Dashlane stands out with premium features such as virtual private network (VPN), password health checker, and live dark web monitoring. This password manager is ideal for any individual or business wanting a higher-end one with a user-friendly platform. Based on our research, Dashlane is the best Android password manager because it works with older versions of Android, and you can use it on devices like Kindle.
Effective form filling with built-in sections for logins, payment information, addresses, and IDs
256-bit AES encryption and 2FA
It includes authenticator apps, security keys, backup codes, and multifactor authentication (MFA)
Comes with a VPN for Premium and upper tier plans
Dark web monitoring if you upgrade from free plan
Imports passwords from other platforms
Reliable autofill form-filling
30-day free trial for Premium with a VPN and dark web monitoring
Additional plans in the individual and business tiers that give more feature choices
Dashlane is best for premium features like VPN and dark web monitoring, and it also leads in plan variety compared to other password managers, making it a great option for individuals and businesses of all sizes.
When navigating the Dashlane platform, I found the password manager easy to use with a simple interface that feels plug-and-play. I didn’t have to spend a lot of time orienting myself to the dashboard. Also, form filling was consistent.
With a clean security record and the industry-standard 256-bit AES encryption I’d expect from any password manager, I felt peace of mind using Dashlane.
Overall, Dashlane comes out ahead with more plan variety, features like a VPN, and tight security with no record of security breaches as of publication. Also, Dashlane is especially convenient for Android users because it is available in the Google Play store so it can be added to devices like Kindles; and it works with older versions of Android, which is useful for some.
Who is Dashlane best for?
Dashlane is best for individuals and businesses that value features like VPN and dark web monitoring and are willing to pay for a premium subscription to get those extras. I would consider Dashlane for businesses that want to scale up because there are subscriptions that accommodate any size organization. However, an individual who wants a free password manager or the best cheap password manager will not unlock those premium features.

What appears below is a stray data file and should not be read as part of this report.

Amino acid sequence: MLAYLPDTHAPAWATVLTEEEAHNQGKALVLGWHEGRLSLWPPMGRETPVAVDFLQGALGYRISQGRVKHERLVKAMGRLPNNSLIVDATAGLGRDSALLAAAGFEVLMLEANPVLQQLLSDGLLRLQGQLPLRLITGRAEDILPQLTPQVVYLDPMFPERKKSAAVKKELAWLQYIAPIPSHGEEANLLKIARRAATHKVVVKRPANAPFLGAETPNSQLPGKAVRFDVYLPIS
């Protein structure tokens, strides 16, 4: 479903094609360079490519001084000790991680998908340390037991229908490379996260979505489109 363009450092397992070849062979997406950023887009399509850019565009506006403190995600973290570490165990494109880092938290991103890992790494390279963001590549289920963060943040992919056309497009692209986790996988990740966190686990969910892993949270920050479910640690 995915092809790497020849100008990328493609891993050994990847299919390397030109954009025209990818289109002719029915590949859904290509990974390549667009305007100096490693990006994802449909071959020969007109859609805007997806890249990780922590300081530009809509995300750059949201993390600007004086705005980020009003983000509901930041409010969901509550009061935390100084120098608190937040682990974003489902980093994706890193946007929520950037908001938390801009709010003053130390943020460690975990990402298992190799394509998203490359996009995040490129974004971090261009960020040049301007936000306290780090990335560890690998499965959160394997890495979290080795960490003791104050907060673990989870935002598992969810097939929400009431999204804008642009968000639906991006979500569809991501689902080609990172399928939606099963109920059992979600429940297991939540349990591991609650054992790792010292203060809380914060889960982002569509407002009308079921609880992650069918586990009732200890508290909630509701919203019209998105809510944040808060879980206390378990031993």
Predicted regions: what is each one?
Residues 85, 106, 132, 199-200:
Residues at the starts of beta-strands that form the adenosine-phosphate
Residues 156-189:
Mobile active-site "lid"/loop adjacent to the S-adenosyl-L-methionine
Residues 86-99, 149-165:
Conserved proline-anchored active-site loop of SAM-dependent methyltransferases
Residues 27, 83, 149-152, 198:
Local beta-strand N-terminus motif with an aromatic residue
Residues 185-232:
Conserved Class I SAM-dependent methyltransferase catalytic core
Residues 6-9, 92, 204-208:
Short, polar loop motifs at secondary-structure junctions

The form filling was more than adequate, but I would like to see more customization options with the vault. Also important to note: Dashlane’s free version is limited to just one device. This is typical among the password managers I rated.
Recent upgrades to Dashlane
Dashlane recently added a new CSV import process, allowing you to move information from other password managers. I like that it allows you to bulk delete information you no longer need. The password manager also launched an extension that works for passkeys. And now I can add my own linked websites and subdomains to logins that share the same account.
Dashlane offers a variety of plans, beginning with its free version for one device only. Personal users can also opt for the advanced, premium, and friends and family plans. For businesses, Dashlane offers starter, team, and business tiers.
Specifically, pricing is $2.75 per month for Advanced, $4.99 per month for Premium, and $7.49 per month if you pay annually (20% discount). Business plans include Starter for up to 10 seats, billed monthly at $2 per seat; Team for $5 per month, billed annually for unlimited seats; and Business for $8 per seat billed annually.
Pros and cons of Dashlane
No evidence of being hacked
Variety of plan levels
Premium plan includes VPN and dark web monitoring
Can accommodate businesses of all sizes
Available on Google Play, and can be used on Kindles
Limited free version can only be used on one device
Form filling is less customizable than other password managers
Keeper has advanced security analytics, and I found it easy to share passwords, which is convenient if you are using family or business plans. It continuously updates its operating systems and platforms, including Android.
Starting price 4.5/5
Platform compatibility 4.5/5
User experience (UX) 5.0/5
Form filling 4.5/5
Two-factor authentication (2FA) 5.0/5
$2.91 per month
Android, iOS, Linux, Mac, Web (Brave, Chrome, Edge, Firefox, Safari, Opera), Windows
User-friendly app and desktop version, including for Android